A regularly swept chimney is a healthy chimney – and it may just bring a little luck too…
Chimney sweeps are lucky, by Royal Decree! Legend has it that a chimney sweep helped save the life of King George II by bravely stepping out to take the reigns of his out-of-control horse. The grateful king showed his gratitude by declaring that chimney sweeps be the bringers of good luck. The humble sweep was elevated to a position more commonly associated with the gentry – and every sweep from then on was to be treated with the utmost respect.
Quite so! Today’s sweeps will help you to keep your chimney in good shape, avoiding problems further down the line. But modern chimney sweeps are more than just brushes and rods. They can dispense safety advice, equipment to help your stove run efficiently and install carbon monoxide alarms for peace of mind.
Your local chimney sweep is Graham Flood, a member of the Guild of Master Sweeps. Graham offers services including chimney sweeping and unblocking, cowl fitting, and stove installations and repairs. Here are his tips for ensuring a clean, safe burn.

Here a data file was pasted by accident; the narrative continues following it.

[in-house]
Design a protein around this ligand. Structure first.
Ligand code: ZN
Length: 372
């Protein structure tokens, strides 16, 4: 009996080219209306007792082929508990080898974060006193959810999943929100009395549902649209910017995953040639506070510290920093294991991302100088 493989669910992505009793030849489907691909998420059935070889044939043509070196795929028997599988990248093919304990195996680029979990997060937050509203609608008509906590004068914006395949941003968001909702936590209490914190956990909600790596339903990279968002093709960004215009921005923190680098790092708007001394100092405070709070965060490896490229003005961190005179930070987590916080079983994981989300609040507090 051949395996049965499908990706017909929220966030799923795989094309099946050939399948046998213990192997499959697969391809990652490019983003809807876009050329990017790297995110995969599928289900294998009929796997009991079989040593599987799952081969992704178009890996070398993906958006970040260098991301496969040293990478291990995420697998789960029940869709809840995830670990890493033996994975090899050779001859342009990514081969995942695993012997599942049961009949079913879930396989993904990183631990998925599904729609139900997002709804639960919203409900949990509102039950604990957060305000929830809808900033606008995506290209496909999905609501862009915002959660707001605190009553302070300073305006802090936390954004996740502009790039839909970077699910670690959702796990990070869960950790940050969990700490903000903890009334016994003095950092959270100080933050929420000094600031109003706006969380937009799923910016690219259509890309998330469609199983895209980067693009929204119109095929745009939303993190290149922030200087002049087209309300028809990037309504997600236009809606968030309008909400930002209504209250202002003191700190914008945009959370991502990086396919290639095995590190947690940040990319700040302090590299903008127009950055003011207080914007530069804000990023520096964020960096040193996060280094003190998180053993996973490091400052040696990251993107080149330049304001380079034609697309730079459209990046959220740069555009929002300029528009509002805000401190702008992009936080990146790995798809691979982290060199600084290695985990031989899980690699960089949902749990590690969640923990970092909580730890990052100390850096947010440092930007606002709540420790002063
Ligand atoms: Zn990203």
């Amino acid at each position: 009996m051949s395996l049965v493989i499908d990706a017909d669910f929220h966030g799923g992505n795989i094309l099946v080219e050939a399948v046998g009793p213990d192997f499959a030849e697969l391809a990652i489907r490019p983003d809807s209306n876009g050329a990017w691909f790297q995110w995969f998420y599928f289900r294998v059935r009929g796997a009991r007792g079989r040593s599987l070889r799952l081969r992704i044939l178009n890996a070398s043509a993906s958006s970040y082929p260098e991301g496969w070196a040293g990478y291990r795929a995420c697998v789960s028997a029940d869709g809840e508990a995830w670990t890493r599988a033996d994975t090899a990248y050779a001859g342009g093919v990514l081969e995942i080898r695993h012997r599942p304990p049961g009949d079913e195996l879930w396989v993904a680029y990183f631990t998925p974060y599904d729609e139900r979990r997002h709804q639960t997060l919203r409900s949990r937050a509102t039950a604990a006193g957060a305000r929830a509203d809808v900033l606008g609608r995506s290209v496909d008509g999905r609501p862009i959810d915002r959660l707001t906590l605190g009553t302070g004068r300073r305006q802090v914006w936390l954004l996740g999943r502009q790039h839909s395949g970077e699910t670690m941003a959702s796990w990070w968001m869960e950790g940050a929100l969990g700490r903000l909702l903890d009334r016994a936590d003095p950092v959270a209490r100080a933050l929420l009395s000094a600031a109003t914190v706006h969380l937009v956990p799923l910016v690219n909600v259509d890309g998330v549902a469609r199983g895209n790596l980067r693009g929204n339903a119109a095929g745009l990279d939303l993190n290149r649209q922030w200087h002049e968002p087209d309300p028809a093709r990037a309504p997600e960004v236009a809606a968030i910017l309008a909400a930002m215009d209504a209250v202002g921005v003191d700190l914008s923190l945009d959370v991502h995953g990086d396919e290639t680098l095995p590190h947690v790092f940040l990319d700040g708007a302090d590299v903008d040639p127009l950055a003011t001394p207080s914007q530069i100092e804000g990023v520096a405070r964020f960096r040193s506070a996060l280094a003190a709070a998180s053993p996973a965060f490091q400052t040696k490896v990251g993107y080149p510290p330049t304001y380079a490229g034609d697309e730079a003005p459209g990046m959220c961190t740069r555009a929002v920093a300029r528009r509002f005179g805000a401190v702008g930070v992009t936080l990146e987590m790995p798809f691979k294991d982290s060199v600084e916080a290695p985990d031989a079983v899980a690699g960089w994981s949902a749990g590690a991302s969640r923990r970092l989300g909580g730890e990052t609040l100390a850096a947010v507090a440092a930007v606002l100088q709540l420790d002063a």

“Inefficiently burning stoves and fireplaces contribute to local air pollution. Tackling this problem starts with the fuel you use. Burn properly seasoned wood – that’s wood with a moisture content of 20% or less. Green [wet] wood creates lots of smoke that can lead to a build-up of creosote and tar, increasing the risk of a chimney fire. It also creates a hard, sticky lining that’s much more difficult and expensive to remove.”
Typical symptoms of a poorly burning stove include blackened glass, a sign that not enough air is getting into the appliance because the controls are turned too low. Constant smoke is another sign that the temperature is too low.
“A flue pipe thermometer will help you gauge the right temperature,” explains Graham. “Stoves should burn at around 400-500°C. Lower temperatures cause more pollutants, but burn too hot and you’ll get through your wood quicker than necessary. There’s a happy medium to be struck.”
Graham can offer more advice and check your chimney’s in good shape following the recent winter. Get in touch with him – he’s a lucky fellow to have around!
Graham Flood The Chimney Sweep